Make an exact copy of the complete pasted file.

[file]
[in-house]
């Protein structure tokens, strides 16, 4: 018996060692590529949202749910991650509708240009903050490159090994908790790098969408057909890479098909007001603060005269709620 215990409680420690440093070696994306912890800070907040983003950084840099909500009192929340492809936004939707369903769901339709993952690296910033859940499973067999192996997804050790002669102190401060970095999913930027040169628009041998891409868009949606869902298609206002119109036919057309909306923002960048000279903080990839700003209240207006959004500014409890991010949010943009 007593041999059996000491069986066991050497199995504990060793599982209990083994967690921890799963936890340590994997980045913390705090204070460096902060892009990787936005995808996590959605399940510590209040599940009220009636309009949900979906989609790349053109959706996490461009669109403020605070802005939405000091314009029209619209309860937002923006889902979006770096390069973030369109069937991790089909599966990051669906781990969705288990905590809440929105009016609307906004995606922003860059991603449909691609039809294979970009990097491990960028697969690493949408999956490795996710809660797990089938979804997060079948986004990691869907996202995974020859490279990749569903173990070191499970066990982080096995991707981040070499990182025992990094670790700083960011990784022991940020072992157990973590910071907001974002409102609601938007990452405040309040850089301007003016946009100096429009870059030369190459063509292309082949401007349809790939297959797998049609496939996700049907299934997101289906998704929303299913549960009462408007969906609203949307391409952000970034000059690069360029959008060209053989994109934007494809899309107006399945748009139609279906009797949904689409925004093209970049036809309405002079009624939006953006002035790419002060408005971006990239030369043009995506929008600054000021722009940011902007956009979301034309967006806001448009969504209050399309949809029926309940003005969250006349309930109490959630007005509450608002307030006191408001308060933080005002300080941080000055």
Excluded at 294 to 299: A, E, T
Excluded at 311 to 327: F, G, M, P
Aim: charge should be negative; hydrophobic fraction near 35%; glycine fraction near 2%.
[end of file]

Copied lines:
[in-house]
């Protein structure tokens, strides 16, 4: 018996060692590529949202749910991650509708240009903050490159090994908790790098969408057909890479098909007001603060005269709620 215990409680420690440093070696994306912890800070907040983003950084840099909500009192929340492809936004939707369903769901339709993952690296910033859940499973067999192996997804050790002669102190401060970095999913930027040169628009041998891409868009949606869902298609206002119109036919057309909306923002960048000279903080990839700003209240207006959004500014409890991010949010943009 007593041999059996000491069986066991050497199995504990060793599982209990083994967690921890799963936890340590994997980045913390705090204070460096902060892009990787936005995808996590959605399940510590209040599940009220009636309009949900979906989609790349053109959706996490461009669109403020605070802005939405000091314009029209619209309860937002923006889902979006770096390069973030369109069937991790089909599966990051669906781990969705288990905590809440929105009016609307906004995606922003860059991603449909691609039809294979970009990097491990960028697969690493949408999956490795996710809660797990089938979804997060079948986004990691869907996202995974020859490279990749569903173990070191499970066990982080096995991707981040070499990182025992990094670790700083960011990784022991940020072992157990973590910071907001974002409102609601938007990452405040309040850089301007003016946009100096429009870059030369190459063509292309082949401007349809790939297959797998049609496939996700049907299934997101289906998704929303299913549960009462408007969906609203949307391409952000970034000059690069360029959008060209053989994109934007494809899309107006399945748009139609279906009797949904689409925004093209970049036809309405002079009624939006953006002035790419002060408005971006990239030369043009995506929008600054000021722009940011902007956009979301034309967006806001448009969504209050399309949809029926309940003005969250006349309930109490959630007005509450608002307030006191408001308060933080005002300080941080000055």
Excluded at 294 to 299: A, E, T
Excluded at 311 to 327: F, G, M, P
Aim: charge should be negative; hydrophobic fraction near 35%; glycine fraction near 2%.